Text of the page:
The first 19 or 20 Africans who arrived in the colony of Virginia in 1619 were indentured servants—not enslaved people.
At the signing of the Declaration of Independence—black colonists had the same legal rights and status as white colonists under the English rule of law.
Some historians declare slavery faced “no immediate threat” in the colonies, but the evidence that slavery was under threat is overwhelming.
Did the founders declare the colonies’ independence of Britain in order to ensure slavery would continue? The evidence is overwhelming.
U. S. slavery being a legal institution during British colonial rule is America’s public policy and serves as basic U. S. history, even though colonial slave statutes and racialized laws supporting slavery during colonial rule were not lawfully promulgated.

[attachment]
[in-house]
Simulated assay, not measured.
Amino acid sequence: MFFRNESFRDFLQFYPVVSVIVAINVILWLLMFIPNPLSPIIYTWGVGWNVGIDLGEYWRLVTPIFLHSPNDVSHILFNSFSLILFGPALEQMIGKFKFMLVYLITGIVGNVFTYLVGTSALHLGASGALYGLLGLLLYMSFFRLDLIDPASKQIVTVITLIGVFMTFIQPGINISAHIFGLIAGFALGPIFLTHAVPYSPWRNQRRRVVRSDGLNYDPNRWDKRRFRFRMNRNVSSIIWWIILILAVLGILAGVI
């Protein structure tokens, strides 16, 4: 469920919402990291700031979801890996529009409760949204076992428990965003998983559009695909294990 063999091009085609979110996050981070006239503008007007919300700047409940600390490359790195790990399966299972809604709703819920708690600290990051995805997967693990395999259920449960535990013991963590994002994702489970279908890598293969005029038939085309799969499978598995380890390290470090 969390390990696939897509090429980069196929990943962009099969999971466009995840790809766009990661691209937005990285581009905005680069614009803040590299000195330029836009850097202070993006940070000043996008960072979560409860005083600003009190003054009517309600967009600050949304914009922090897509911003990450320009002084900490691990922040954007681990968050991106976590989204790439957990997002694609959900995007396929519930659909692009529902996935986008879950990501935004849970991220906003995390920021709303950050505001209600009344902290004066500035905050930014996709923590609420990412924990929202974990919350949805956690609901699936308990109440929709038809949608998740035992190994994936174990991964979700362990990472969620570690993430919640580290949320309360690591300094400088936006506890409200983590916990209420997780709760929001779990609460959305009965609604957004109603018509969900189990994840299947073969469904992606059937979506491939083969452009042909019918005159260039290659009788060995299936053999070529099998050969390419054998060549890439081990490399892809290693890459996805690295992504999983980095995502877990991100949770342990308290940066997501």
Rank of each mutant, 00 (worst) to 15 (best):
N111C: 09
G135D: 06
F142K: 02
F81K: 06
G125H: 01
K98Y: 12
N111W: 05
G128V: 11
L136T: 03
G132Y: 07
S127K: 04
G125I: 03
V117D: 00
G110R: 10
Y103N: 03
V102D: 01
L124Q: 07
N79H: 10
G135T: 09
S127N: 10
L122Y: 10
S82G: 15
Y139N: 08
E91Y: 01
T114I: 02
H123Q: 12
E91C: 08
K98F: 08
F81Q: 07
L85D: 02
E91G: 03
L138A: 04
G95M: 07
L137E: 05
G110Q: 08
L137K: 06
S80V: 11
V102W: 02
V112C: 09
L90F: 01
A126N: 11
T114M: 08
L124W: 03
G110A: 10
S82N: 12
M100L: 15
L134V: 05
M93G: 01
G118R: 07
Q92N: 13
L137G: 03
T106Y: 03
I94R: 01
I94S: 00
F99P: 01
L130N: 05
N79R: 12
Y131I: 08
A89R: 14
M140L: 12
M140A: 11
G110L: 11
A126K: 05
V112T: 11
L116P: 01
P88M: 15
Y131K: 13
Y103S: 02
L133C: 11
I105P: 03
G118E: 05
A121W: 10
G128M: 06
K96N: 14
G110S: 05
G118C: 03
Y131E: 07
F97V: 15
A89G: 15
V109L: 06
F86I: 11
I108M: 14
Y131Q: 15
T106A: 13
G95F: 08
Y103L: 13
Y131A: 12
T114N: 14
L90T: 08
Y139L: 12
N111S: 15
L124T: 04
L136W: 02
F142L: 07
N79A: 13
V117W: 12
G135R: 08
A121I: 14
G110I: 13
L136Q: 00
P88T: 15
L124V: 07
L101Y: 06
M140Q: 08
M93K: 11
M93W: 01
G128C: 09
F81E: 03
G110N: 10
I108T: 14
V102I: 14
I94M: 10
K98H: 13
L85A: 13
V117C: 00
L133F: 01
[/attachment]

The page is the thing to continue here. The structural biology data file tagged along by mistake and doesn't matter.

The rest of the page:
The rights of black students in public school districts throughout the U. S. are protected from receiving customized, inaccurate, or sculpted information and ideas proffered as actual history-based upon de jure discrimination.
America’s slave-holding Founding Fathers had the burden of proving ownership of black colonials, thus when independence was declared from the Kingdom of Great Britain in July 1776, all colonial-born blacks were protected and included.
A comprehensive explanation of our core theory
George Washington was revered for his honesty for confessing to chopping down a cherry tree and never telling lies among many accolades, honors,…
James Brewer Stewart’s eloquent survey of the abolitionist movement is also a superb analysis of how the antislavery movement reinforced and transformed the…